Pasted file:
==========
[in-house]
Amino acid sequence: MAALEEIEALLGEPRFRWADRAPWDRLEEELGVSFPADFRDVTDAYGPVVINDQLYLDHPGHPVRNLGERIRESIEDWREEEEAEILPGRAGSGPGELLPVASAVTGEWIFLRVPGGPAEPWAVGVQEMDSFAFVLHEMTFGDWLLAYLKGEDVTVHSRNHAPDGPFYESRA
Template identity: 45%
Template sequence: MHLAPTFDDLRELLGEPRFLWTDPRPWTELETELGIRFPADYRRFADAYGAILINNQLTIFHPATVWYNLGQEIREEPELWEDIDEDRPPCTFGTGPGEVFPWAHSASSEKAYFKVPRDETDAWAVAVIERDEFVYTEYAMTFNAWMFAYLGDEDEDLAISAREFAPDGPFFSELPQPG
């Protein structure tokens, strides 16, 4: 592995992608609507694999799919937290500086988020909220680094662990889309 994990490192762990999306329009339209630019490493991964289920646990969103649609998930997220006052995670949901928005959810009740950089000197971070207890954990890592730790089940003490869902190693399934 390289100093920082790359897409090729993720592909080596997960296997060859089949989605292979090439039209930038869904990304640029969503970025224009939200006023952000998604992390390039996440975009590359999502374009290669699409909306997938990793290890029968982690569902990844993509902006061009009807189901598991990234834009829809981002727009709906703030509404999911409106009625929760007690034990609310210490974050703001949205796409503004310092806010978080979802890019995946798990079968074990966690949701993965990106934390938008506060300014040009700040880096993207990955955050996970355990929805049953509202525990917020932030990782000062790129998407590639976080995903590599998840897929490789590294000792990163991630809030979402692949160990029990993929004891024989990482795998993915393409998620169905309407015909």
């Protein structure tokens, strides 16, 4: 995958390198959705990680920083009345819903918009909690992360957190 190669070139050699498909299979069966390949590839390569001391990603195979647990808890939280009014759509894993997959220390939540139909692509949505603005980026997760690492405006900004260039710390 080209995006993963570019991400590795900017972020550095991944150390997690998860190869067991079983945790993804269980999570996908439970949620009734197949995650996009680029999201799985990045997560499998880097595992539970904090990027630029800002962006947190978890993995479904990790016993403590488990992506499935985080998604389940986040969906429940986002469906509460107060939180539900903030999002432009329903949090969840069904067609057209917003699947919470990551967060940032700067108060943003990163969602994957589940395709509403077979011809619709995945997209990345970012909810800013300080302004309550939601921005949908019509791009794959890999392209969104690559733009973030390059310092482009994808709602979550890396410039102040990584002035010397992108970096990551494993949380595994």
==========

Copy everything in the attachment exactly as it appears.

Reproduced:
[in-house]
Amino acid sequence: MAALEEIEALLGEPRFRWADRAPWDRLEEELGVSFPADFRDVTDAYGPVVINDQLYLDHPGHPVRNLGERIRESIEDWREEEEAEILPGRAGSGPGELLPVASAVTGEWIFLRVPGGPAEPWAVGVQEMDSFAFVLHEMTFGDWLLAYLKGEDVTVHSRNHAPDGPFYESRA
Template identity: 45%
Template sequence: MHLAPTFDDLRELLGEPRFLWTDPRPWTELETELGIRFPADYRRFADAYGAILINNQLTIFHPATVWYNLGQEIREEPELWEDIDEDRPPCTFGTGPGEVFPWAHSASSEKAYFKVPRDETDAWAVAVIERDEFVYTEYAMTFNAWMFAYLGDEDEDLAISAREFAPDGPFFSELPQPG
């Protein structure tokens, strides 16, 4: 592995992608609507694999799919937290500086988020909220680094662990889309 994990490192762990999306329009339209630019490493991964289920646990969103649609998930997220006052995670949901928005959810009740950089000197971070207890954990890592730790089940003490869902190693399934 390289100093920082790359897409090729993720592909080596997960296997060859089949989605292979090439039209930038869904990304640029969503970025224009939200006023952000998604992390390039996440975009590359999502374009290669699409909306997938990793290890029968982690569902990844993509902006061009009807189901598991990234834009829809981002727009709906703030509404999911409106009625929760007690034990609310210490974050703001949205796409503004310092806010978080979802890019995946798990079968074990966690949701993965990106934390938008506060300014040009700040880096993207990955955050996970355990929805049953509202525990917020932030990782000062790129998407590639976080995903590599998840897929490789590294000792990163991630809030979402692949160990029990993929004891024989990482795998993915393409998620169905309407015909």
């Protein structure tokens, strides 16, 4: 995958390198959705990680920083009345819903918009909690992360957190 190669070139050699498909299979069966390949590839390569001391990603195979647990808890939280009014759509894993997959220390939540139909692509949505603005980026997760690492405006900004260039710390 080209995006993963570019991400590795900017972020550095991944150390997690998860190869067991079983945790993804269980999570996908439970949620009734197949995650996009680029999201799985990045997560499998880097595992539970904090990027630029800002962006947190978890993995479904990790016993403590488990992506499935985080998604389940986040969906429940986002469906509460107060939180539900903030999002432009329903949090969840069904067609057209917003699947919470990551967060940032700067108060943003990163969602994957589940395709509403077979011809619709995945997209990345970012909810800013300080302004309550939601921005949908019509791009794959890999392209969104690559733009973030390059310092482009994808709602979550890396410039102040990584002035010397992108970096990551494993949380595994």